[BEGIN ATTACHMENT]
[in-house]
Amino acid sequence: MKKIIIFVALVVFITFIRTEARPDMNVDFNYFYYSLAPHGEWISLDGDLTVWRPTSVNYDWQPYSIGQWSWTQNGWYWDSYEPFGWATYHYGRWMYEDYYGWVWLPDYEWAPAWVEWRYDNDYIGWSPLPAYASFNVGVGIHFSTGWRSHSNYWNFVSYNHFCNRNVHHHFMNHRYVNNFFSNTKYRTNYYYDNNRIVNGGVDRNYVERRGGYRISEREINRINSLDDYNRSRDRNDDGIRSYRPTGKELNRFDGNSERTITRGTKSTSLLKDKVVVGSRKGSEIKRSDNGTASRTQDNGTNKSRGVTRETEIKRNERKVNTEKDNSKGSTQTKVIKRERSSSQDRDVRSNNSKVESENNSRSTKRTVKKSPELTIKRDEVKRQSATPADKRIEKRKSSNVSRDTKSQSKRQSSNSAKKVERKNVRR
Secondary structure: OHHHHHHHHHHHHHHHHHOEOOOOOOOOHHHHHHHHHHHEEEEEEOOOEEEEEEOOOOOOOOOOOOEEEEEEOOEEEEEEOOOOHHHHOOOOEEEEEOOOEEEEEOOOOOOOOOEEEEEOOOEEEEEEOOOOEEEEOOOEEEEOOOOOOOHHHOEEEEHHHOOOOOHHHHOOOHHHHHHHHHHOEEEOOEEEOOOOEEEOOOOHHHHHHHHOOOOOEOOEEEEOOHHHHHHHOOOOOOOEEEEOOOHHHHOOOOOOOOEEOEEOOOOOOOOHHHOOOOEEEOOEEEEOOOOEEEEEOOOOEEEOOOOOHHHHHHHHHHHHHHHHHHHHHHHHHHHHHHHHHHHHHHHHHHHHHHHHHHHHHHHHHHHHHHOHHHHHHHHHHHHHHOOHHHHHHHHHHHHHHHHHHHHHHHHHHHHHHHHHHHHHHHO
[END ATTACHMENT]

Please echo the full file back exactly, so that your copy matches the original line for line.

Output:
[in-house]
Amino acid sequence: MKKIIIFVALVVFITFIRTEARPDMNVDFNYFYYSLAPHGEWISLDGDLTVWRPTSVNYDWQPYSIGQWSWTQNGWYWDSYEPFGWATYHYGRWMYEDYYGWVWLPDYEWAPAWVEWRYDNDYIGWSPLPAYASFNVGVGIHFSTGWRSHSNYWNFVSYNHFCNRNVHHHFMNHRYVNNFFSNTKYRTNYYYDNNRIVNGGVDRNYVERRGGYRISEREINRINSLDDYNRSRDRNDDGIRSYRPTGKELNRFDGNSERTITRGTKSTSLLKDKVVVGSRKGSEIKRSDNGTASRTQDNGTNKSRGVTRETEIKRNERKVNTEKDNSKGSTQTKVIKRERSSSQDRDVRSNNSKVESENNSRSTKRTVKKSPELTIKRDEVKRQSATPADKRIEKRKSSNVSRDTKSQSKRQSSNSAKKVERKNVRR
Secondary structure: OHHHHHHHHHHHHHHHHHOEOOOOOOOOHHHHHHHHHHHEEEEEEOOOEEEEEEOOOOOOOOOOOOEEEEEEOOEEEEEEOOOOHHHHOOOOEEEEEOOOEEEEEOOOOOOOOOEEEEEOOOEEEEEEOOOOEEEEOOOEEEEOOOOOOOHHHOEEEEHHHOOOOOHHHHOOOHHHHHHHHHHOEEEOOEEEOOOOEEEOOOOHHHHHHHHOOOOOEOOEEEEOOHHHHHHHOOOOOOOEEEEOOOHHHHOOOOOOOOEEOEEOOOOOOOOHHHOOOOEEEOOEEEEOOOOEEEEEOOOOEEEOOOOOHHHHHHHHHHHHHHHHHHHHHHHHHHHHHHHHHHHHHHHHHHHHHHHHHHHHHHHHHHHHHHOHHHHHHHHHHHHHHOOHHHHHHHHHHHHHHHHHHHHHHHHHHHHHHHHHHHHHHHO